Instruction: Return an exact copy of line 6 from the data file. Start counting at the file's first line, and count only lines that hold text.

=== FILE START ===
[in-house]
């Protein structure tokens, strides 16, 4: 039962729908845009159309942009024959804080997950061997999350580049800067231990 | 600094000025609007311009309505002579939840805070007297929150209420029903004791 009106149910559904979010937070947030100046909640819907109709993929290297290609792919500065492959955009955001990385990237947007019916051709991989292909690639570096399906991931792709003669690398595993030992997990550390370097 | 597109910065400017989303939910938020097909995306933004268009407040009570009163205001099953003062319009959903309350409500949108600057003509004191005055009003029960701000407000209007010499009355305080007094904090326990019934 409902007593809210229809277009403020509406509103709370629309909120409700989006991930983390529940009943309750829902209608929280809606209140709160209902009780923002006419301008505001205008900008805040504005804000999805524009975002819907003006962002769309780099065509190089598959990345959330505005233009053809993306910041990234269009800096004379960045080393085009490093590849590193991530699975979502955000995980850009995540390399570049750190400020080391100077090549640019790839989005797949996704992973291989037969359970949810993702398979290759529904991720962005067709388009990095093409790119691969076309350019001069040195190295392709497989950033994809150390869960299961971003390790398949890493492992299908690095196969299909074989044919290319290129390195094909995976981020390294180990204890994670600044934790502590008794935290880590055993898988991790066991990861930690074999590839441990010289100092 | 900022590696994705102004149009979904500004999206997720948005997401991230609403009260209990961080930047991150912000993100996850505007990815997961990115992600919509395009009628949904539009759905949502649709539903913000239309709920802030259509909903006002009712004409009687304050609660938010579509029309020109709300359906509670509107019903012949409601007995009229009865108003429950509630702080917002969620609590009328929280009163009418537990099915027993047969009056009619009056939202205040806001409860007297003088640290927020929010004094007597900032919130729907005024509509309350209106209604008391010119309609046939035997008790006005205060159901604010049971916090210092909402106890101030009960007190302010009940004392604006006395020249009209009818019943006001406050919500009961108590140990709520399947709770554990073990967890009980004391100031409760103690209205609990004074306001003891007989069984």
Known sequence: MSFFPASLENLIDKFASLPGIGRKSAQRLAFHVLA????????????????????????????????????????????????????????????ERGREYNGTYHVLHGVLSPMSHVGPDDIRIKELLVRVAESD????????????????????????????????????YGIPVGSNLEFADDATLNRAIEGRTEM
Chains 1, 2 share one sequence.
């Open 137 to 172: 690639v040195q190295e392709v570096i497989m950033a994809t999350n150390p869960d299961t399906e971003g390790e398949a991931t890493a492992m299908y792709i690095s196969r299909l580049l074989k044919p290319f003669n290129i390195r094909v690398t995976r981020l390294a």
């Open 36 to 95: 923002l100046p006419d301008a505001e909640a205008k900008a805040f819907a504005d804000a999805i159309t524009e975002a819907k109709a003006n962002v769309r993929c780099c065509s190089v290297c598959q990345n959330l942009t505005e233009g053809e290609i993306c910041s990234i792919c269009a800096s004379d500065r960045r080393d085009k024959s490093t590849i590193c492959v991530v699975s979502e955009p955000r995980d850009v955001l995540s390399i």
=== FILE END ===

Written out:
């Open 36 to 95: 923002l100046p006419d301008a505001e909640a205008k900008a805040f819907a504005d804000a999805i159309t524009e975002a819907k109709a003006n962002v769309r993929c780099c065509s190089v290297c598959q990345n959330l942009t505005e233009g053809e290609i993306c910041s990234i792919c269009a800096s004379d500065r960045r080393d085009k024959s490093t590849i590193c492959v991530v699975s979502e955009p955000r995980d850009v955001l995540s390399i």